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Old 06-08-2004   #17
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Yahoo also does not appear to be indexing pages past the first query in the URL either. Anything after that first ampersand is not being picked up. You can do a site: query on Yahoo for any of your popular forums and see that compound queries in the Url are not there.

Another thing they are not picking up is Blogger pages. But that is for another subject altogether. ;0)


As for mod_rewrite ... yep that is sloppy, I agree. But someone mentioned it was for Unix only. My impression it was for Apache Server, which runs on Unix, Linux, and Windows boxes.
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Old 06-08-2004   #18
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There are many mod rewrite programs available for IIS. I think there is a thread in here that has a pretty good list.

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Old 06-09-2004   #19
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Off course, if you are running on the limit it may be the determining factor but then you might benifit from a bit more headroom anyway
Server overhead covers a lot of ground and, unfortunately, isn't always a black and white issue. For example, one of my sites is a poetry site, which tends to be very seasonal. During most of the year, our uniques hang around 2M a month, while the summer months will see a dip of almost fifty percent and major holidays can see a short-term rise of several hundred percent. On February 13 and 14, it's not unusual to see over 25K uniques an hour for several hours at a time. Ideally, the server would have sufficient headroom to handle that kind of load without a hiccup, but realistically, it's hard to justify paying for that much server 365 days a year. There's not quite enough money in poetry, I'm afraid, to warrant unnecessary expenses.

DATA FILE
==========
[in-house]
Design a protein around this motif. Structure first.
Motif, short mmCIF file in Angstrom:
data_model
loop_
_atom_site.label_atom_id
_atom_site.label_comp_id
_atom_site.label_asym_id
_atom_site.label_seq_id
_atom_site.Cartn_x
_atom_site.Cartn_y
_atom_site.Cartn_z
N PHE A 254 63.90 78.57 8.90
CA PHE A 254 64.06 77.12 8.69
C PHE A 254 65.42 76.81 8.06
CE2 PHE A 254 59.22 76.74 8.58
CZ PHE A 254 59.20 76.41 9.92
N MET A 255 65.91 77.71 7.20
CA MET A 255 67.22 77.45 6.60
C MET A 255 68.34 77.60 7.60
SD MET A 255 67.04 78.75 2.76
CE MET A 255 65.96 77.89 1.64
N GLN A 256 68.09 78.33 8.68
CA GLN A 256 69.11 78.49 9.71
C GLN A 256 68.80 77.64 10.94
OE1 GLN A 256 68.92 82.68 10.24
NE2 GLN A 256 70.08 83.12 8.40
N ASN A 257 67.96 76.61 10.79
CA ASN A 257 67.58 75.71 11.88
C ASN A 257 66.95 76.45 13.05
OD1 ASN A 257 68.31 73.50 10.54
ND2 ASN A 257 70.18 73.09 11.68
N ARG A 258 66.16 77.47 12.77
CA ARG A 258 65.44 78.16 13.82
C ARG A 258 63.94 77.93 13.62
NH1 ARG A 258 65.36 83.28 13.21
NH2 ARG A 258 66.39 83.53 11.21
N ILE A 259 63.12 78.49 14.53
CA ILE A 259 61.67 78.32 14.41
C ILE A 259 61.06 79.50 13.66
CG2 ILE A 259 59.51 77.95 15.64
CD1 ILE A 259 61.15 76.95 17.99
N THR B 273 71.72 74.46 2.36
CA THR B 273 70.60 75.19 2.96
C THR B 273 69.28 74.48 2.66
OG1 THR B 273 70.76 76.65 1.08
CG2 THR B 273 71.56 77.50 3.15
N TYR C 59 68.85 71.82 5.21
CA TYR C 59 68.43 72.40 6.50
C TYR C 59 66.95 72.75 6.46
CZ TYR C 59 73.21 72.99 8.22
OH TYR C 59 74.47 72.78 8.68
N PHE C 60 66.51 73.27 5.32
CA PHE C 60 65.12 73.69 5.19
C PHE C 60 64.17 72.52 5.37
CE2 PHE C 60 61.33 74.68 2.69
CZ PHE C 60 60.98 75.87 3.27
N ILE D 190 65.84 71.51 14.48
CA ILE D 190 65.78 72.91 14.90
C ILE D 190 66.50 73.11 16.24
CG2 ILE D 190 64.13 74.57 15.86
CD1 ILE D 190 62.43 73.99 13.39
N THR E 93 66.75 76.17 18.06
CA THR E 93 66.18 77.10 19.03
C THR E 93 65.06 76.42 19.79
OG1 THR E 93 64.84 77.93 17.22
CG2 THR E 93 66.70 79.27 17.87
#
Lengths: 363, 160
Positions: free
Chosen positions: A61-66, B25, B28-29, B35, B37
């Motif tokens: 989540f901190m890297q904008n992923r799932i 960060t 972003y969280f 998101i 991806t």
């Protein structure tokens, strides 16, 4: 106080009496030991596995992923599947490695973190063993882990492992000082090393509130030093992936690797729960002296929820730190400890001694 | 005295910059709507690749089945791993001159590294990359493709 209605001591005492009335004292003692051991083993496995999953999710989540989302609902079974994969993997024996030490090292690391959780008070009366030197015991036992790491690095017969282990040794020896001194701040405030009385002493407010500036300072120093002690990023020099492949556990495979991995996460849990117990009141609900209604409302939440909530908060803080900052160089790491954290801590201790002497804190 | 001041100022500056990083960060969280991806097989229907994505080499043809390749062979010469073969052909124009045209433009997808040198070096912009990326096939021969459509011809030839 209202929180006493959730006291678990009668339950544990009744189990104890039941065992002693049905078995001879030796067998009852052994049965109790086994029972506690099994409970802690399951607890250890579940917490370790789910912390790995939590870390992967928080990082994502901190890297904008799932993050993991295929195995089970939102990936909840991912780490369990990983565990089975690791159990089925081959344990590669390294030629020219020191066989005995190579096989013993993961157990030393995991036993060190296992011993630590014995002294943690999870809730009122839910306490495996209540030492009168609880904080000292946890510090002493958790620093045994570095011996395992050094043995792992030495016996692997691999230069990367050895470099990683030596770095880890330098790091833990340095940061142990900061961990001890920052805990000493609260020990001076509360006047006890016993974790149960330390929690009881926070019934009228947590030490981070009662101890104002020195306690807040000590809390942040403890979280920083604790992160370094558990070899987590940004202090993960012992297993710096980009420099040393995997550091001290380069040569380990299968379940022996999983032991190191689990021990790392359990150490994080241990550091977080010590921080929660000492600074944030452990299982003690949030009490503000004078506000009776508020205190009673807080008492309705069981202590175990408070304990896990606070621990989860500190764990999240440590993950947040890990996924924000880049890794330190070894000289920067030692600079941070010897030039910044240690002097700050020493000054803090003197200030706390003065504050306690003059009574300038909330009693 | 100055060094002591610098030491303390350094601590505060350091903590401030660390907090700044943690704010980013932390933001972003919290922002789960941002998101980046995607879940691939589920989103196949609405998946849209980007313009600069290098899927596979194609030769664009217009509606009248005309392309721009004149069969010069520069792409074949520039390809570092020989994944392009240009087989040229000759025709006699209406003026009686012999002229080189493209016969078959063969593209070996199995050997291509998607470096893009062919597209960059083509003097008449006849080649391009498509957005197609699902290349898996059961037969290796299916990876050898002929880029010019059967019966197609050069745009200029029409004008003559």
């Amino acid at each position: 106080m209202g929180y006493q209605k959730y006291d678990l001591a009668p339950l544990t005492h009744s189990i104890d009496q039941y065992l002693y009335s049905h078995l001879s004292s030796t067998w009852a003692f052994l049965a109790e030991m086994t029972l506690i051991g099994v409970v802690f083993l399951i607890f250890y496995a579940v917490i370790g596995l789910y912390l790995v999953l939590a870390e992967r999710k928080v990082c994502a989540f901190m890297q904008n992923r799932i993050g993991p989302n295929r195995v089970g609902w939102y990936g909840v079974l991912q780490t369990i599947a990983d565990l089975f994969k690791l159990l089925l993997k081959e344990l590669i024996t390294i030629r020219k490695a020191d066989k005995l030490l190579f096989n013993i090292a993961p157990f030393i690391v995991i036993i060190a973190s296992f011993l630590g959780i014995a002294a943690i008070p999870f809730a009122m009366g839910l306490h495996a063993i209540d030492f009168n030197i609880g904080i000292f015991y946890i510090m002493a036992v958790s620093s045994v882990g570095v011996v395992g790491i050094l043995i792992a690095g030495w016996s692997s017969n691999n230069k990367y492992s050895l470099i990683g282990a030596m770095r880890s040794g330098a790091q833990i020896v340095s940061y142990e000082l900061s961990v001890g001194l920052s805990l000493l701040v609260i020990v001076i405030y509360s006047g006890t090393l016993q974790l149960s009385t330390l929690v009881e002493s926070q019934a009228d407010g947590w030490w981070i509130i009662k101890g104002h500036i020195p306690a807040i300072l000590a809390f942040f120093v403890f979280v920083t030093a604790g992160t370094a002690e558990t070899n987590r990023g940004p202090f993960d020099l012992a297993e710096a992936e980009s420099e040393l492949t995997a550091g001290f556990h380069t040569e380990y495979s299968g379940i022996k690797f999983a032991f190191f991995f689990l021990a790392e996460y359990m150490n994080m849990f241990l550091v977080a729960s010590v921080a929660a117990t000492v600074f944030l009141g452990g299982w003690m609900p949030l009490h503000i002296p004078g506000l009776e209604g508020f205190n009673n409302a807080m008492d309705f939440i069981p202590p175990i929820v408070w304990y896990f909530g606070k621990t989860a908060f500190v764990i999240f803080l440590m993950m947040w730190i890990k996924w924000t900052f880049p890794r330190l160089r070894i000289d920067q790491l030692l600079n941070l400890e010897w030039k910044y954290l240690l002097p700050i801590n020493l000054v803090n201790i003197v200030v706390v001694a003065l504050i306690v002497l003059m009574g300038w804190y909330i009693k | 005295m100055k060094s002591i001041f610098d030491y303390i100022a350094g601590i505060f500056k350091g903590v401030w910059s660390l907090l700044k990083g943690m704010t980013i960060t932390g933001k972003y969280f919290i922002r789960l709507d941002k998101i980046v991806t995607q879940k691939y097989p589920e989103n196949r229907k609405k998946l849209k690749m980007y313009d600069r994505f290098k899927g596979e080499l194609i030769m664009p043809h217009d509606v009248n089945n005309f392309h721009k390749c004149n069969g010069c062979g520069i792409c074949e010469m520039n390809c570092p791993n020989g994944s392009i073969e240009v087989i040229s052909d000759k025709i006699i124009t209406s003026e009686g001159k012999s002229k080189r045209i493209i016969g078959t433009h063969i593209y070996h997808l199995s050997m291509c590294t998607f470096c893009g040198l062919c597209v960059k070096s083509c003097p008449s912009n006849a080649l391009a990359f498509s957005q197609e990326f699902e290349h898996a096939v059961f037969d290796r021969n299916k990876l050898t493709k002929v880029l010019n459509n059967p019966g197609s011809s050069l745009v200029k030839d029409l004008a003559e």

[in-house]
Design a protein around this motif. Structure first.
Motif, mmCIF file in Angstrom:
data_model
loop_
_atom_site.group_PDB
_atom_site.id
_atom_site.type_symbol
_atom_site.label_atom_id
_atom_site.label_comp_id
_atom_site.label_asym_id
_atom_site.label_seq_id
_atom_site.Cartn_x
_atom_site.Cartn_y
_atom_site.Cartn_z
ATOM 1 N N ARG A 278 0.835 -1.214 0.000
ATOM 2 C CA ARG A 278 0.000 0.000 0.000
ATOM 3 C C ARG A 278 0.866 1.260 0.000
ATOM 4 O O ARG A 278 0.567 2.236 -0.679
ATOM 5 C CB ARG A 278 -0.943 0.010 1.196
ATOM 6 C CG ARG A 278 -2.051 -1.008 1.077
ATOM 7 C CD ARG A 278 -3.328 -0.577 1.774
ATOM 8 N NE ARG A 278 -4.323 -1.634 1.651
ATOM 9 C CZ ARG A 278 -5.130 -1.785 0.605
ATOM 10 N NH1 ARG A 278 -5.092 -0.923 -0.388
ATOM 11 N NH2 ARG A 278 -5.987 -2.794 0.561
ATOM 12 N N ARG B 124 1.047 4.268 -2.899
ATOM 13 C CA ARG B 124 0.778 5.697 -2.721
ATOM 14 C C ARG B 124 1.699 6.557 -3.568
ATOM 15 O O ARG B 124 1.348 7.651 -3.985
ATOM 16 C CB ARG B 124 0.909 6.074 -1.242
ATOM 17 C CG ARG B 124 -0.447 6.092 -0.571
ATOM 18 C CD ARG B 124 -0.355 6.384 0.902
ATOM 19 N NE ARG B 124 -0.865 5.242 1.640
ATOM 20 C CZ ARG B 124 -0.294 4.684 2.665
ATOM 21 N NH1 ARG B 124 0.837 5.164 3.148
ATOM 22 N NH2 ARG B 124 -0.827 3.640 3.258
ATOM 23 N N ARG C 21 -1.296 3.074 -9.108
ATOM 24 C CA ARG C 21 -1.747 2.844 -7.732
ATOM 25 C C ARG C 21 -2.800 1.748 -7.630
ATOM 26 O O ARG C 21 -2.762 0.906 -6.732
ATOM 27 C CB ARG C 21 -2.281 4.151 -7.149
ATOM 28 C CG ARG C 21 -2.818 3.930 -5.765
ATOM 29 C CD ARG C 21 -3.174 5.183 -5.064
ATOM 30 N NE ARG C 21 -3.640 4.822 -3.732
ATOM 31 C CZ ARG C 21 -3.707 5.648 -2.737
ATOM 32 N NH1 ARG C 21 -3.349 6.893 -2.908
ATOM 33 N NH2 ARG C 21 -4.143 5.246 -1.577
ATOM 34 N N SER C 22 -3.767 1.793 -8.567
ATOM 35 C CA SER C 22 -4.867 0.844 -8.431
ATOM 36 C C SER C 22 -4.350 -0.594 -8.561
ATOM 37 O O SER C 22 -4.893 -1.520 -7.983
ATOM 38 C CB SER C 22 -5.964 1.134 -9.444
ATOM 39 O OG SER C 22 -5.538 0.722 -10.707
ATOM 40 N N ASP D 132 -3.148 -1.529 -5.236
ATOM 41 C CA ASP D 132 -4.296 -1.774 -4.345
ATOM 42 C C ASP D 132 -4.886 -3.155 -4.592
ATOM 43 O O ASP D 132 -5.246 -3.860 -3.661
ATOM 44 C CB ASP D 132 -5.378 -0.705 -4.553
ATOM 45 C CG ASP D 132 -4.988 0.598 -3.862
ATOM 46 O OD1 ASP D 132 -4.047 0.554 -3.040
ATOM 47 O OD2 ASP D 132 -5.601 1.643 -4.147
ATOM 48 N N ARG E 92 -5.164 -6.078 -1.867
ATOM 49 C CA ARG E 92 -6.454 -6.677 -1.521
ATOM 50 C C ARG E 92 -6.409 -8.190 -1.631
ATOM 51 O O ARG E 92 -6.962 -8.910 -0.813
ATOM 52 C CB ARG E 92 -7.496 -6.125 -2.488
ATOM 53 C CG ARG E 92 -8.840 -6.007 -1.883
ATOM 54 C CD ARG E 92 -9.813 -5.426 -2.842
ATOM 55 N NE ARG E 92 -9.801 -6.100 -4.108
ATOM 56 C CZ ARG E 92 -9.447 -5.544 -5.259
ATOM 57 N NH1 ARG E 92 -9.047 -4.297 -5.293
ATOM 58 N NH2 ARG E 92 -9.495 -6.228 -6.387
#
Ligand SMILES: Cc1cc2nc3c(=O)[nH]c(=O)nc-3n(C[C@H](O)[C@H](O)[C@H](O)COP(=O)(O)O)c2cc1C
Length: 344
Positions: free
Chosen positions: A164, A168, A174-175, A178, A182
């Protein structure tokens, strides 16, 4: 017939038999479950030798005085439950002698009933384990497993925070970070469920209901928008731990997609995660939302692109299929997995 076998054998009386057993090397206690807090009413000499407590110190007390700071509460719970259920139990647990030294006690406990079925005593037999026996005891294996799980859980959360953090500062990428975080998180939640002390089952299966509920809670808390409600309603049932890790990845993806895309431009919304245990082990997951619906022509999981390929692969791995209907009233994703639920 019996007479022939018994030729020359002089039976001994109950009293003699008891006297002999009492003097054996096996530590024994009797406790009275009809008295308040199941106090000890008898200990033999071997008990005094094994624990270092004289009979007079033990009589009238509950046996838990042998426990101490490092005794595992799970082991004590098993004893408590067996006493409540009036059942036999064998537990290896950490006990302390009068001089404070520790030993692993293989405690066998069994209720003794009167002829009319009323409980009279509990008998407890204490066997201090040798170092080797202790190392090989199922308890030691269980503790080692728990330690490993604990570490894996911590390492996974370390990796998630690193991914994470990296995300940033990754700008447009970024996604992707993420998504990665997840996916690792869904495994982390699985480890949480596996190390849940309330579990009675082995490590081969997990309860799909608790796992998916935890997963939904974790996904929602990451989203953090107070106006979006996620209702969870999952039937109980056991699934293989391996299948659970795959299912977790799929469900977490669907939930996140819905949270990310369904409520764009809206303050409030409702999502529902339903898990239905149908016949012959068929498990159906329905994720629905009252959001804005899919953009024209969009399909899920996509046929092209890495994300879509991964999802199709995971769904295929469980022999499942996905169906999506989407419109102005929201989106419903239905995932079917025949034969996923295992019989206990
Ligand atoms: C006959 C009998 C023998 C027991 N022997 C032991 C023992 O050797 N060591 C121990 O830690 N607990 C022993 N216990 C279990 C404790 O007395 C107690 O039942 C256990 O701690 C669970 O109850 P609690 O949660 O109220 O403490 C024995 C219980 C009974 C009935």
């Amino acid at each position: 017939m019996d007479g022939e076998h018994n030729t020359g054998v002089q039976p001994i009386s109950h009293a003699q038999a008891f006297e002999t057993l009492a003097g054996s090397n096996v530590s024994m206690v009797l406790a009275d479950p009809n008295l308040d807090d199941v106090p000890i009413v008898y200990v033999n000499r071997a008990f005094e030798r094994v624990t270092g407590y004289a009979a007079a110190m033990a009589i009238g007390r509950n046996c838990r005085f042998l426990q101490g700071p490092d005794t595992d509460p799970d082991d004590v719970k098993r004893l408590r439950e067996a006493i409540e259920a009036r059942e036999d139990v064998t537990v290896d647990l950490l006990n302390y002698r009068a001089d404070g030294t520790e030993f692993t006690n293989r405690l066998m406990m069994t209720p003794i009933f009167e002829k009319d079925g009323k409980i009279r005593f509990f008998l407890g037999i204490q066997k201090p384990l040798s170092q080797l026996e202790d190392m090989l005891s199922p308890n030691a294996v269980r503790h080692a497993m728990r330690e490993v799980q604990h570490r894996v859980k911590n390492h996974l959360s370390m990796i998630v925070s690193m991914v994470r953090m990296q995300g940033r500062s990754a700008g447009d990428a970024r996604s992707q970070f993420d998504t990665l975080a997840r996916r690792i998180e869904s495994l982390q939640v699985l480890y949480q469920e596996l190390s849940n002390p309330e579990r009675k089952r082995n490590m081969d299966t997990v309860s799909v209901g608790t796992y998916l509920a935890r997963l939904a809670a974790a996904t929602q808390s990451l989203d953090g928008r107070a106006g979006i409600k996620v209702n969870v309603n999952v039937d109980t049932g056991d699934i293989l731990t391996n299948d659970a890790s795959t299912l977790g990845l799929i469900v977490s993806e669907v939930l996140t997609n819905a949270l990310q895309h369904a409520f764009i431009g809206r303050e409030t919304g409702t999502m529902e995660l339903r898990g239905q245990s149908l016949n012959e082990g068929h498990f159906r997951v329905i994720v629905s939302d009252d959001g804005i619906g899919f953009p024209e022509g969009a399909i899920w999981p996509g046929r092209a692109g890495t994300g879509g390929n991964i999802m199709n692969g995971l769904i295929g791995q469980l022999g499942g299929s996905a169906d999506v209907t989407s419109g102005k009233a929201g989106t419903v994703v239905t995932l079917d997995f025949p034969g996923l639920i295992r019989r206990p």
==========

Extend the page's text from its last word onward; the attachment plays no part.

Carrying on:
My situation may be extreme, but seasonal fluctuations are certainly not unusual. I've seen too many developers implement mod_rewrite solutions that "work" just fine during average loads, but result in unacceptably sluggish response times during peak loads. This can be especially dangerous on large sites if a high-traffic user period coincides with a spider crawl, since the whole goal of mod_rewrite is to fool the spiders into thinking they are getting static pages (which WILL be requested faster than dynamic ones).

I still think mod_rewrite is a great Swiss-army knife every developer should have in their took kit. But it's a knife with very sharp edges and should be handled accordingly.
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Old 06-09-2004   #20
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You got a very valid point, Ron. You case is probably extreme, as you say, but I guess there are many sites with similar problems (alltough maybe not as dramatic).

Do you have any estimate on how much CPU (%) the overloaded servers used on rewrite? As far as I have been able to find out it's usually less than 2% and it that case you should be able to squeze it in on most systems.

But, off course only if the code is decent and as effecient as possible